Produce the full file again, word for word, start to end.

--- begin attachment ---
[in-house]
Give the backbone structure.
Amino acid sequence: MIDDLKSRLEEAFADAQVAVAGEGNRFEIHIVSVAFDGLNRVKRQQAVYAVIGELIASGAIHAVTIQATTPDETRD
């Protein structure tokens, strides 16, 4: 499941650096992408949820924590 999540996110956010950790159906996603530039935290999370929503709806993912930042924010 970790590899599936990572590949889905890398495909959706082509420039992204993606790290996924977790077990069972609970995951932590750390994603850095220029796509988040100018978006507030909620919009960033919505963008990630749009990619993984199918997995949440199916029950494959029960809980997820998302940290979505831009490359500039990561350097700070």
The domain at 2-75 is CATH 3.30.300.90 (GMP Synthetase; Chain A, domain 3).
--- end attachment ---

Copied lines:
[in-house]
Give the backbone structure.
Amino acid sequence: MIDDLKSRLEEAFADAQVAVAGEGNRFEIHIVSVAFDGLNRVKRQQAVYAVIGELIASGAIHAVTIQATTPDETRD
């Protein structure tokens, strides 16, 4: 499941650096992408949820924590 999540996110956010950790159906996603530039935290999370929503709806993912930042924010 970790590899599936990572590949889905890398495909959706082509420039992204993606790290996924977790077990069972609970995951932590750390994603850095220029796509988040100018978006507030909620919009960033919505963008990630749009990619993984199918997995949440199916029950494959029960809980997820998302940290979505831009490359500039990561350097700070």
The domain at 2-75 is CATH 3.30.300.90 (GMP Synthetase; Chain A, domain 3).